Budgeting tips for life as a digital nomad

There have been digital nomads in this world for at least as long as there has been such a thing as the internet. In one way or another, there have always been people who don’t suit working in an office and who decide to spread their wings. But if we’re honest, it’s not always been as attractive a lifestyle or anywhere near as practical. If you have plans to live and work as a digital nomad, it’s never been as easy as it is now – largely because the first people to do it realised that there were problems to solve, and put time into solving them.

One of the key things anyone will need to keep in mind when embarking on this lifestyle is the importance of budgeting. If you plan to travel around the world, or at least a continent or two while working, you’re going to need to make sure there is always money around. Otherwise, all of the things that make this life possible – transport, lodgings, and communication technology – will be beyond your reach. So it is fundamental to keep these tips in mind when budgeting for a digital nomad lifestyle.

Stay in cheap places

This doesn’t mean that you need to find the grottiest hostel and make the best of it whenever you go somewhere new. It means doing some research to find affordable options, and this starts with where you actually travel to. For instance, if you’re travelling around Europe, you might come to a point where you’re deciding between Switzerland and Austria. Both have their plus points, but Austria is a much cheaper place to live, and this means your money will go further. And let’s face it, you can always get a train or coach at the weekend if there are things you want to see in Switzerland. Do this kind of comparison shopping on everything from where you stay to where you eat, and you’ll see the benefits.

Save when you can so you can spend when you must

Building on the above point, it’s worth thinking about how you can save money while you’re on the road, and there are ways that you can do this. If you’re working remotely, where are you actually getting paid? If your employer is based in France and paying you as they would a French employee, then that’s usually enough to live quite well in Slovakia with a bit left over. Save that “left over” money and put away as much as you can every week or month. Then, when you move on to somewhere more expensive, you’ll have a pool of money that can augment the money you make from working to go towards rent and other costs.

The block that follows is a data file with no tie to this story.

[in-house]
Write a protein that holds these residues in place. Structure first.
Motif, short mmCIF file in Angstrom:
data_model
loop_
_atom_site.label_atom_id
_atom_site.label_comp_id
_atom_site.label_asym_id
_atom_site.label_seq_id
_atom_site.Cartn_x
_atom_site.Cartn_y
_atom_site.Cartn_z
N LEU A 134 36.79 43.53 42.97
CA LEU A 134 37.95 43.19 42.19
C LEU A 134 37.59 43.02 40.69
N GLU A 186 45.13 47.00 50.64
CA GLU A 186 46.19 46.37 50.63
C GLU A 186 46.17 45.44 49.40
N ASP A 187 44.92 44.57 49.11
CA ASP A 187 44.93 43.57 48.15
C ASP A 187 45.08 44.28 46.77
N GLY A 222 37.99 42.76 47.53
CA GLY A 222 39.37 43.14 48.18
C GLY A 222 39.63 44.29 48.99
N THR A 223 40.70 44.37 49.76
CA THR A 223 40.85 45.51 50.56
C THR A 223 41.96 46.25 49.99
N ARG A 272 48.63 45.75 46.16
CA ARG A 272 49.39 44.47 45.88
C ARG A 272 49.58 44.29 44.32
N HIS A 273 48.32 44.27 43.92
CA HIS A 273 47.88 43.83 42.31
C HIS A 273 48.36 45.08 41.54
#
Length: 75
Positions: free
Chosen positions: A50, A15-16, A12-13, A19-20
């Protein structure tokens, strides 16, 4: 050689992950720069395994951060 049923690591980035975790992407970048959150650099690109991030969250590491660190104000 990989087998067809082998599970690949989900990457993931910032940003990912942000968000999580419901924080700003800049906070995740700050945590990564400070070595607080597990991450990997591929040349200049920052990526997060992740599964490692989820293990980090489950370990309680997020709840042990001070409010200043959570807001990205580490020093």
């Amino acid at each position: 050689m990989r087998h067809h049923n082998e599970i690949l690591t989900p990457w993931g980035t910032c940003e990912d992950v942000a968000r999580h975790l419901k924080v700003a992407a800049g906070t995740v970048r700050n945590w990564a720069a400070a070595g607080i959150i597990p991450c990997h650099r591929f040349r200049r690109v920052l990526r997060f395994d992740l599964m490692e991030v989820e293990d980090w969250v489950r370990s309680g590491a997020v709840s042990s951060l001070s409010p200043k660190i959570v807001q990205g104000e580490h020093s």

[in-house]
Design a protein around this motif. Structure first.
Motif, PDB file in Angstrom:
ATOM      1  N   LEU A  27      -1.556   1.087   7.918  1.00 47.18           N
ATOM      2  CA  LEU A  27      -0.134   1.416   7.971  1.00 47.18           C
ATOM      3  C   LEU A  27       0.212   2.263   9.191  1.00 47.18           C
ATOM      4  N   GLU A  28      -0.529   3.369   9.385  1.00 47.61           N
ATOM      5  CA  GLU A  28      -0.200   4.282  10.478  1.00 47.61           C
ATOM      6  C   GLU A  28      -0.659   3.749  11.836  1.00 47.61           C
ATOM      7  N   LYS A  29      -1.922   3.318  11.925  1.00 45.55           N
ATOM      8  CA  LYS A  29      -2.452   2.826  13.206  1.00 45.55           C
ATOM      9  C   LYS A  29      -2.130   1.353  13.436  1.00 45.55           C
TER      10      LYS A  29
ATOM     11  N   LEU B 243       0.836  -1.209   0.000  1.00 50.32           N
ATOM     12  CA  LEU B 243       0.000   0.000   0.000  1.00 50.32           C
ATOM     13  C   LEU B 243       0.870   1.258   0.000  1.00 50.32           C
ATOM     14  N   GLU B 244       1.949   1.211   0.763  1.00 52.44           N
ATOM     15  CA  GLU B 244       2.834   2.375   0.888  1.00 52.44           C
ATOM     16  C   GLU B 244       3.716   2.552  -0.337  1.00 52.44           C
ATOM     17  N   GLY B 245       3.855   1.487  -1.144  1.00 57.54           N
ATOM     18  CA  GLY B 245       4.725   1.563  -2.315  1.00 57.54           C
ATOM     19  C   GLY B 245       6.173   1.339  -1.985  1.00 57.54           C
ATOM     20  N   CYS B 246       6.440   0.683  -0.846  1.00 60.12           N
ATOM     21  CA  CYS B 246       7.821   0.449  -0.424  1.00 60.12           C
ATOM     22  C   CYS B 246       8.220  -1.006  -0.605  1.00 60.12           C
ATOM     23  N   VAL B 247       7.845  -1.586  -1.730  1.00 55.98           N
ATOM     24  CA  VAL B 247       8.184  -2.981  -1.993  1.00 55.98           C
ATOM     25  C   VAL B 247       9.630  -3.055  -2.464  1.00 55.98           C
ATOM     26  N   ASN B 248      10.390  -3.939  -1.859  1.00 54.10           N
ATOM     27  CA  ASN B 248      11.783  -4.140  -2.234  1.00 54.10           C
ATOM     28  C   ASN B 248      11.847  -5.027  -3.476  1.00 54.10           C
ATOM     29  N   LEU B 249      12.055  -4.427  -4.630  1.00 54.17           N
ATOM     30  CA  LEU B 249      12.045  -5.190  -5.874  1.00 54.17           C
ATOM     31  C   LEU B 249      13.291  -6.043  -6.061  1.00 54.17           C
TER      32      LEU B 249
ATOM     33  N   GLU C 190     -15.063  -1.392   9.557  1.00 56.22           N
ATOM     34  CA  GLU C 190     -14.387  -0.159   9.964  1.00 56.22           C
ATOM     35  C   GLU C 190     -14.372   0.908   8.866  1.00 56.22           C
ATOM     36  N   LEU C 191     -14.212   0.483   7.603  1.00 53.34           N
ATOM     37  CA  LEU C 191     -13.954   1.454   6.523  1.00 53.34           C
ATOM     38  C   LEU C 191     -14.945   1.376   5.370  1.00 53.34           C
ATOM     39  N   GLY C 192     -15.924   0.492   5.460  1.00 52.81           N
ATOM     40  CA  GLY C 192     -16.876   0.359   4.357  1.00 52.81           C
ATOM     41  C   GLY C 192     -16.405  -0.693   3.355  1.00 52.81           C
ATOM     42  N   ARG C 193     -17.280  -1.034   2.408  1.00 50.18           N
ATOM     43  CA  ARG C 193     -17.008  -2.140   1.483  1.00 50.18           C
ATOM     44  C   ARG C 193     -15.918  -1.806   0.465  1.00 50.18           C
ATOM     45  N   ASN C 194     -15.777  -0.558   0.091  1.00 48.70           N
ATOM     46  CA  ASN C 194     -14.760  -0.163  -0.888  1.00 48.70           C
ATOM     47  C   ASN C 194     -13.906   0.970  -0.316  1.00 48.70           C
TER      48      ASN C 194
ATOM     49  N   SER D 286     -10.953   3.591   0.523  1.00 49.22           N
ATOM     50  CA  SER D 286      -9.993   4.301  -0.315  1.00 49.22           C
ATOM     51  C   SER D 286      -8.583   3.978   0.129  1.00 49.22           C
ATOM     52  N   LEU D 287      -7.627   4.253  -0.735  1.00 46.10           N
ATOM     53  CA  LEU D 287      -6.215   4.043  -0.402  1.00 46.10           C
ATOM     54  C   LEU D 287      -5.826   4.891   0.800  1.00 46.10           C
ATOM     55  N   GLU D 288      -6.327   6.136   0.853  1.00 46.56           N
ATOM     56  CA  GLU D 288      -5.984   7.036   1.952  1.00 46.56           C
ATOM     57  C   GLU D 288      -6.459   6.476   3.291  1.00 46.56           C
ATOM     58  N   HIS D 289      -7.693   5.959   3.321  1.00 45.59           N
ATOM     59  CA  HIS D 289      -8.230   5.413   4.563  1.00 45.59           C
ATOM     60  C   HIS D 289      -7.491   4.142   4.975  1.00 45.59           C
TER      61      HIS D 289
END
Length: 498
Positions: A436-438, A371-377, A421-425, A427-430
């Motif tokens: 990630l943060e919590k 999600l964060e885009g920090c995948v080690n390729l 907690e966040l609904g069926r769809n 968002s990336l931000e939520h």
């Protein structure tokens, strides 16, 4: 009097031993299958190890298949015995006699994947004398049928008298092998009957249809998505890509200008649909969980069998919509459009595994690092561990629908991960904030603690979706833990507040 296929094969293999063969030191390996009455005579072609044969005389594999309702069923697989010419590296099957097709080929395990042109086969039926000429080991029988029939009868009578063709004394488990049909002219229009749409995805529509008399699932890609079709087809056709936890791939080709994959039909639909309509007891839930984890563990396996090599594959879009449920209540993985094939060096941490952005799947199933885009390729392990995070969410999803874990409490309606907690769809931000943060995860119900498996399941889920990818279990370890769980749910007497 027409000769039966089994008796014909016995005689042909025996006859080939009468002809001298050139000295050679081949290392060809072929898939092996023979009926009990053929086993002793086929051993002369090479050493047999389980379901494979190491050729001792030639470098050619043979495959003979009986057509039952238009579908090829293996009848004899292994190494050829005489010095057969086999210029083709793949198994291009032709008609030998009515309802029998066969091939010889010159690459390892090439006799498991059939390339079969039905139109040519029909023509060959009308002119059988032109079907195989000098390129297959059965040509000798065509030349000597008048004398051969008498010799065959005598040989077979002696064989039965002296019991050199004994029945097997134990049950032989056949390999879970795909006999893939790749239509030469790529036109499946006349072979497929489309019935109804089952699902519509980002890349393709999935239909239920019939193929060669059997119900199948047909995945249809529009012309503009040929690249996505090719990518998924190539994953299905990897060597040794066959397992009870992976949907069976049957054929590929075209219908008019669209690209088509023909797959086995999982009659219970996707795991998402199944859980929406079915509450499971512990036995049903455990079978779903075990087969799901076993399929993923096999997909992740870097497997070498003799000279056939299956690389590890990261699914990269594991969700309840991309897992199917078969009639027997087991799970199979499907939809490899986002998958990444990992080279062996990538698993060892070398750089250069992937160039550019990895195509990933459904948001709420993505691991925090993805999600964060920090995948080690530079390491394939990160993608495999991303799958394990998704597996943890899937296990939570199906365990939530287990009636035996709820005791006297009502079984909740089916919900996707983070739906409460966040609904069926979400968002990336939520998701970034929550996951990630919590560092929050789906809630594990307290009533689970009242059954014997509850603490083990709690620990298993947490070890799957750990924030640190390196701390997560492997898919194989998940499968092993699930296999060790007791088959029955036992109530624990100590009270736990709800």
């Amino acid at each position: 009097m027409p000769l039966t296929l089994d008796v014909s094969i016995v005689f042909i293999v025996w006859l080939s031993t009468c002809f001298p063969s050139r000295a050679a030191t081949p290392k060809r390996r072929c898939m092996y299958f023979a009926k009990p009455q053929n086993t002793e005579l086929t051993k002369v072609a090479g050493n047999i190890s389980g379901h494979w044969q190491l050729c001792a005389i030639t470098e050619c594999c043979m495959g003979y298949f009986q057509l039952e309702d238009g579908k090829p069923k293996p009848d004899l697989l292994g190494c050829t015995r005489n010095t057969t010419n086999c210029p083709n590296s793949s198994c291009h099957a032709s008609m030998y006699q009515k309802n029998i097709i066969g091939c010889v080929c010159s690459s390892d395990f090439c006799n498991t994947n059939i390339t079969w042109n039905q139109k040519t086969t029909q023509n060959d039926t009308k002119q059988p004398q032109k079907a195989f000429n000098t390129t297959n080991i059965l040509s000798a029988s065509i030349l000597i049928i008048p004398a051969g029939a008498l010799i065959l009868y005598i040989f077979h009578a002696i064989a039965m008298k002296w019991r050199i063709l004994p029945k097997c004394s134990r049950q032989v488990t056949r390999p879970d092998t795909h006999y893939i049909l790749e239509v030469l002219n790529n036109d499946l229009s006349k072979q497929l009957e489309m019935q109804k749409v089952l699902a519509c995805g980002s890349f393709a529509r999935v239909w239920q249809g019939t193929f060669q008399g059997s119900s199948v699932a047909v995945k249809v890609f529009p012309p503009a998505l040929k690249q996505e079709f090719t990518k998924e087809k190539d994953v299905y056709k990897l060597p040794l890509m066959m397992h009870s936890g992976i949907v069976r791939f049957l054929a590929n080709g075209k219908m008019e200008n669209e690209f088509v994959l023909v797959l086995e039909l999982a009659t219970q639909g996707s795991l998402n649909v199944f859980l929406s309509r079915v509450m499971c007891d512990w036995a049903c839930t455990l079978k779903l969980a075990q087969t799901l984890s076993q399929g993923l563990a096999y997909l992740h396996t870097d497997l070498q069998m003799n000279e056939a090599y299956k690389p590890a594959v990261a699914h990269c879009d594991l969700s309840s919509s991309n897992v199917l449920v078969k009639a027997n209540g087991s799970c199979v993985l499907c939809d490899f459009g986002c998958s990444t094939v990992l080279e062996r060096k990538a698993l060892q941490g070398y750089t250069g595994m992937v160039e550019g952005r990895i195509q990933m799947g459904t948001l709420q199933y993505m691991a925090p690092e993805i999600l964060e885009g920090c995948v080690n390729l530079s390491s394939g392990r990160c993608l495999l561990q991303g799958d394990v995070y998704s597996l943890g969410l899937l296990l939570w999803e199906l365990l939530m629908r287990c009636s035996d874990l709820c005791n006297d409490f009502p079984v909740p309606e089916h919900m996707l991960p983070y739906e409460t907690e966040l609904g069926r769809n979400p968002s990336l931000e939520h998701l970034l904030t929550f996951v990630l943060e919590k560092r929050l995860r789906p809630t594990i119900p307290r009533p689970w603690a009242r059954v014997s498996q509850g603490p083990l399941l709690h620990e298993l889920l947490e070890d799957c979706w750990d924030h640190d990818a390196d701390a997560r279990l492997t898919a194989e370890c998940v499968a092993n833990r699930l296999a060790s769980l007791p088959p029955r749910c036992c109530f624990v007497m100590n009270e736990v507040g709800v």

Set up a suitable bank account

Many people prefer to use a credit card when travelling, because they are usually accepted more widely and with fewer complications than bank cards. However, this isn’t always practical and there are some times when you’ll need to have access to cash. Withdrawing from an ATM using a credit card is financially unsound and a great way to make a big dent in your budget, so it is beneficial to have an account with a worldwide bank that has branches in as many countries as possible.

If you know you’re going to be somewhere remote for a while, stop off at the bank’s nearest branch to make a cash withdrawal that will last for the duration of your stay. This will be a much better idea than making multiple withdrawals wherever you can make them.